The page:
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Red-Eared Sliders

Caring for Red-Eared Sliders


Caring for Red-eared sliders requires more than just a shallow bowl with a little water and a rock. Aquatic turtles need more in the way of housing and lighting than is often thought. Take a look at the requirements before acquiring a turtle and you and your new reptile will both be happier.

1. Things You Should Know About Red Eared Sliders

Photo © Lianne McLeod
I don't want to make it sound like red eared sliders are impossible pets, because they can be wonderful additions to a home (or pond!). There are a few things you should realize about red eared sliders before you decide to get one, though.

2. Choosing a Healthy Red Eared Slider

Photo © Lianne McLeod
Before you bring home a red eared slider, there are a few things to check out to increase the odds that you are bringing home a healthy turtle. On the topic of bringing home a red eared slider, why not consider adopting a red eared slider from a turtle rescue! You'll most likely end up with an adult rather than a hatchling, but you will be providing a home to a turtle in need!

3. Housing Your Red Eared Slider

Photo © Lianne McLeod
Aquariums are good for young turtles, but as red eared sliders mature, their size makes housing them a bit more of a challenge as the ideal tank size for an adult would be well over 100 gallons. Enterprising owners use all sorts of novel housing ideas to meet the roomy requirements of red eared sliders, using things like pre-formed plastic pond liners to make homes more like indoor ponds. And, if you have an outdoor pond, and a securely fenced yard to keep your turtle in and predators out, you might consider putting your turtle outdoors for at least part of the year.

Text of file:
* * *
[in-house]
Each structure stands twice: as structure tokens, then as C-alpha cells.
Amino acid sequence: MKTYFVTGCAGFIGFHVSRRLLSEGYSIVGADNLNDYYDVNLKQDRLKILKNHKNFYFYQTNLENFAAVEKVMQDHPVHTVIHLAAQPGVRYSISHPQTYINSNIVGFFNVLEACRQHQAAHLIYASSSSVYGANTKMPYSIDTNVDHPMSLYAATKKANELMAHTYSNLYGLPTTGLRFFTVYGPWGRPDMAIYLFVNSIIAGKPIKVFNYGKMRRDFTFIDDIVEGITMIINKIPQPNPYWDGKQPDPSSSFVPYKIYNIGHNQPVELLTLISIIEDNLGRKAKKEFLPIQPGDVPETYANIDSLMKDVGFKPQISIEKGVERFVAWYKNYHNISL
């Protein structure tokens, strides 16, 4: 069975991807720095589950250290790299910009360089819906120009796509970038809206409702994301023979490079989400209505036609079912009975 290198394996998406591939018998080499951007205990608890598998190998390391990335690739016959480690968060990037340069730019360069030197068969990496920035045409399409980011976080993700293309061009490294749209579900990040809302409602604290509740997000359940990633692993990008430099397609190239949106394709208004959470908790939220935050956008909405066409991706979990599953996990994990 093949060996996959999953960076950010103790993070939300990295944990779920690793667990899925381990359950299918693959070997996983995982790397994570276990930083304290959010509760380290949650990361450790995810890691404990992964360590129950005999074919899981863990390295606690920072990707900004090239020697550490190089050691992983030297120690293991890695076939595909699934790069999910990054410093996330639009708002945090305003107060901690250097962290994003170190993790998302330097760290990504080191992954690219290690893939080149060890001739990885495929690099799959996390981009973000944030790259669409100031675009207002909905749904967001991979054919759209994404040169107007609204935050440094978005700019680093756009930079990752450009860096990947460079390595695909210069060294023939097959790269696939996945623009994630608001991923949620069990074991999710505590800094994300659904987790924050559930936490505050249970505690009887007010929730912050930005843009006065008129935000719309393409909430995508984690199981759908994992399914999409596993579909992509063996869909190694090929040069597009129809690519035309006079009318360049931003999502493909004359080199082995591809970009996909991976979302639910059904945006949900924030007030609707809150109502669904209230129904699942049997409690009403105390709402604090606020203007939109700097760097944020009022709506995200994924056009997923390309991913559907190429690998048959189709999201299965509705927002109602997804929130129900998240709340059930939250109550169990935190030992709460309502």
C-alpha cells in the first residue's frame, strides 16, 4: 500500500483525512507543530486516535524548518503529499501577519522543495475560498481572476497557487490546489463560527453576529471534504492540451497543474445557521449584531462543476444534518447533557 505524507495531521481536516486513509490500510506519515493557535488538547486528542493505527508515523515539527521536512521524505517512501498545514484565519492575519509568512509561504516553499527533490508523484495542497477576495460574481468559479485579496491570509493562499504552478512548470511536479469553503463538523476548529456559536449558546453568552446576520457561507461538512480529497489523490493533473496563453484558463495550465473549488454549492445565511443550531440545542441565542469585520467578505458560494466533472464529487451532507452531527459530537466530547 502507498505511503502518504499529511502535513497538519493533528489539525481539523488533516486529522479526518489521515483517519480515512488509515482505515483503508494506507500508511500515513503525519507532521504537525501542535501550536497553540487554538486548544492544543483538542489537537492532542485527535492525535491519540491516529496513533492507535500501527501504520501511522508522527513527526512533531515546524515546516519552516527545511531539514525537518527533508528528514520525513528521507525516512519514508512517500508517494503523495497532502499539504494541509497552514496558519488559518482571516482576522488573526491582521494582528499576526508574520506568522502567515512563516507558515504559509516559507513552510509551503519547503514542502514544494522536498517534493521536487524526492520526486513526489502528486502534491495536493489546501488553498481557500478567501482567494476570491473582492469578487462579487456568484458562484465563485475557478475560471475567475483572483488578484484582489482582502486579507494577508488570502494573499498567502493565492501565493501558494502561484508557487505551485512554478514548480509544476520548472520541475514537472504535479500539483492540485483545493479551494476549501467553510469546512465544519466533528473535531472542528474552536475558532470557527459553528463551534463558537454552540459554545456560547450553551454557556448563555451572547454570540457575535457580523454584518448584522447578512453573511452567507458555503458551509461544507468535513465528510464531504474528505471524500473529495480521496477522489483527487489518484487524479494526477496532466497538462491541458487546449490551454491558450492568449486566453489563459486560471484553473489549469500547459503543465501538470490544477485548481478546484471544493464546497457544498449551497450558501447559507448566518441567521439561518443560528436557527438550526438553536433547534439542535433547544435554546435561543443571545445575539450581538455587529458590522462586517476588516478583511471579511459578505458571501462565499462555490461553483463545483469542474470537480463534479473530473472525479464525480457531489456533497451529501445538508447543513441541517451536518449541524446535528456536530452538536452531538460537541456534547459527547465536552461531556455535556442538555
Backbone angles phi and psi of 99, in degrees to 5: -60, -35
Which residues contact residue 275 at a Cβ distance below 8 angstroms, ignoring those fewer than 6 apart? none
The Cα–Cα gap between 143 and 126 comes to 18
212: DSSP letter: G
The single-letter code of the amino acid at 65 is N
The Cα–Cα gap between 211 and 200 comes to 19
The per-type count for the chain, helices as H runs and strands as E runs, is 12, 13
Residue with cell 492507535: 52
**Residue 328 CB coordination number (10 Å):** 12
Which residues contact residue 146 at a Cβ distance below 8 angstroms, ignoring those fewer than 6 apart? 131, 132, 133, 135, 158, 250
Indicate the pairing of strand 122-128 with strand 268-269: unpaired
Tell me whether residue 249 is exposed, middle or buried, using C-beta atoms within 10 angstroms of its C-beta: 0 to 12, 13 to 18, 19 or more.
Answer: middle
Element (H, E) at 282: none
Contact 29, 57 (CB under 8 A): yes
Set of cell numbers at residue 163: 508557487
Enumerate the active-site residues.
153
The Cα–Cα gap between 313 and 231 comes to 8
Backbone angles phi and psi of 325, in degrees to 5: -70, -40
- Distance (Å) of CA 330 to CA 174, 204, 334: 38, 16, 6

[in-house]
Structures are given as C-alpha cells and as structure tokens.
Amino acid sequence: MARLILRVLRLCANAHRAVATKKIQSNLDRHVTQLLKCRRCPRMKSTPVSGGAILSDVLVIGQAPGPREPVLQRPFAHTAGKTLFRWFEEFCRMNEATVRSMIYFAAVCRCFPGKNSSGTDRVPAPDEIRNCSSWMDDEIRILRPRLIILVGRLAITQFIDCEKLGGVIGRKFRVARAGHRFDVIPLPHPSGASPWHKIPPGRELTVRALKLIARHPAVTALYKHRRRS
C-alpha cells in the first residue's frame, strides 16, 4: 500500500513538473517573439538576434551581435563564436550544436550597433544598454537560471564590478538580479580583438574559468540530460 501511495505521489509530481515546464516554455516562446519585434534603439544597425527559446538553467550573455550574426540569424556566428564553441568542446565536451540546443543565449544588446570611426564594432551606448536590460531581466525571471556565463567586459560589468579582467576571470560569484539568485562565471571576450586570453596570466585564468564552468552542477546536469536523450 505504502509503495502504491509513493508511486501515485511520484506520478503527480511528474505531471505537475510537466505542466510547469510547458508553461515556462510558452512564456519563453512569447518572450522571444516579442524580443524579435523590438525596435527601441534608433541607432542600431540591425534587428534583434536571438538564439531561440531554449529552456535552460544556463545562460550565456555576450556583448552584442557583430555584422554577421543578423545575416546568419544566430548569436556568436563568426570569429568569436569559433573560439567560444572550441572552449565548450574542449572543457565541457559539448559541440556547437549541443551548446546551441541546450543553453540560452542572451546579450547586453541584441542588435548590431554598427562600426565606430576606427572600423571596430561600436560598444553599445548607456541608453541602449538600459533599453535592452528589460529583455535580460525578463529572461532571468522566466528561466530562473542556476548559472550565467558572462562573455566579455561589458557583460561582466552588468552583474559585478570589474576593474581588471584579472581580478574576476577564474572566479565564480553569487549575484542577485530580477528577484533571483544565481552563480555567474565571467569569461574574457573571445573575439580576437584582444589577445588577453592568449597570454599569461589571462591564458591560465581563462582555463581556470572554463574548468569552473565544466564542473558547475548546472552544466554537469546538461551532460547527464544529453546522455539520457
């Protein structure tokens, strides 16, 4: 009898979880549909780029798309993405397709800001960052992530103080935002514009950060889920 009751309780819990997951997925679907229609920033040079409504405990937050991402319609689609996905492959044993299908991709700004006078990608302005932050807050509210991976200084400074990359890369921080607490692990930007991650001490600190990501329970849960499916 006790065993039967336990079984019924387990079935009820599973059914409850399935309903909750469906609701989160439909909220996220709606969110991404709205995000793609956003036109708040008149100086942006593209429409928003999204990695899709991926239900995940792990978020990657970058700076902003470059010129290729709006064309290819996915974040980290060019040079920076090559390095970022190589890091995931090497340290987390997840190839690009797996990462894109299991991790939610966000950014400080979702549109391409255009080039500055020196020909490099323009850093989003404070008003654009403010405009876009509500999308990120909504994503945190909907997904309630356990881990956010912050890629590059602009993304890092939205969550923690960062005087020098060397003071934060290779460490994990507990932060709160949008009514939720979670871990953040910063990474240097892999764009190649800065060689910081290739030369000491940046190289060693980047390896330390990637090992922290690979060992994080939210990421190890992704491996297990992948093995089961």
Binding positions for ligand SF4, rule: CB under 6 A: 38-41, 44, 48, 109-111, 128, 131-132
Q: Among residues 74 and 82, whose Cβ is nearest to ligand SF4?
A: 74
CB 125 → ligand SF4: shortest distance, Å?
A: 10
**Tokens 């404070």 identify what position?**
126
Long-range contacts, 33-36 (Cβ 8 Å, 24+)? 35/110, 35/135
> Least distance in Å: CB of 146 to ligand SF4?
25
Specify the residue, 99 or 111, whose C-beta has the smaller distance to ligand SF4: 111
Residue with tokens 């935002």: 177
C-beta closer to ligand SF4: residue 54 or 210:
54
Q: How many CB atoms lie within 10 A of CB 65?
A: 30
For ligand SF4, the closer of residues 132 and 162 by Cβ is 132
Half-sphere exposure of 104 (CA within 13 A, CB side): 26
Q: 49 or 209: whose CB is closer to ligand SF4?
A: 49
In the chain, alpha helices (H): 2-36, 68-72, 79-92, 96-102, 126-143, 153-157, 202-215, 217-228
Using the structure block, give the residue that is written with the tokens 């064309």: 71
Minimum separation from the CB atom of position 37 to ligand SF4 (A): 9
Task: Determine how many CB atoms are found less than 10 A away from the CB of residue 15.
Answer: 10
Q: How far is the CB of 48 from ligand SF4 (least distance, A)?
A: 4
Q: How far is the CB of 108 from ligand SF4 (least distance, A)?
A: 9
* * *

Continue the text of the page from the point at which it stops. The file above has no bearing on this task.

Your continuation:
More about housing and water quality for red eared sliders:

4. Feeding Your Red Eared Slider

Though red eared sliders' tastes tend to change as they mature, shifting to a more herbivorous diet as they get older, turtles of all ages should be offered a wide variety of both animal and plant based items. Commercial turtle pellets can make up a good base for the diet, supplemented with a variety of other items. Feeding your turtle outside of its home is a bit more work at feeding time, but will make keeping the tank clean (and the water quality high) easier in the long run.

More About Feeding Red Eared Sliders:

5. Red Eared Slider Behavior

Whether it is making sure red eared sliders are free to perform behaviors that are necessary for their well-being (e.g. basking) or just trying to figure out what your turtle is doing, understanding normal red eared slider behavior can help you provide optimal care for your turtle.

More about Natural Red Eared Slider Behavior

6. Red Eared Slider Health

Improper environmental conditions or diet are among the most common culprits when it comes to health problems in red eared sliders. Here are some of the more common diseases and conditions seen in red eared sliders.

7. Red Eared Slider Reproduction

Red eared sliders are not easy to sex until they reach sexual maturity. You might also discover you have a female when she starts laying eggs (females will lay infertile eggs without a male present). While I don't recommend casual breeding of red eared sliders, providing a nesting area is important for egg laying females. Although they will lay eggs in water, this is not their preferred way and some females will retain their eggs rather than dropping them in water, which can be a serious health issue.

8. Turtles and Salmonella

Every so often, you will hear from the media about the risks of Salmonella from pet turtles - and sometimes the warnings sound scary. However, the risks of Salmonella from pet turtles is nothing new, and can be managed, as explained in Four Things You Should Know About Turtles and Salmonella.
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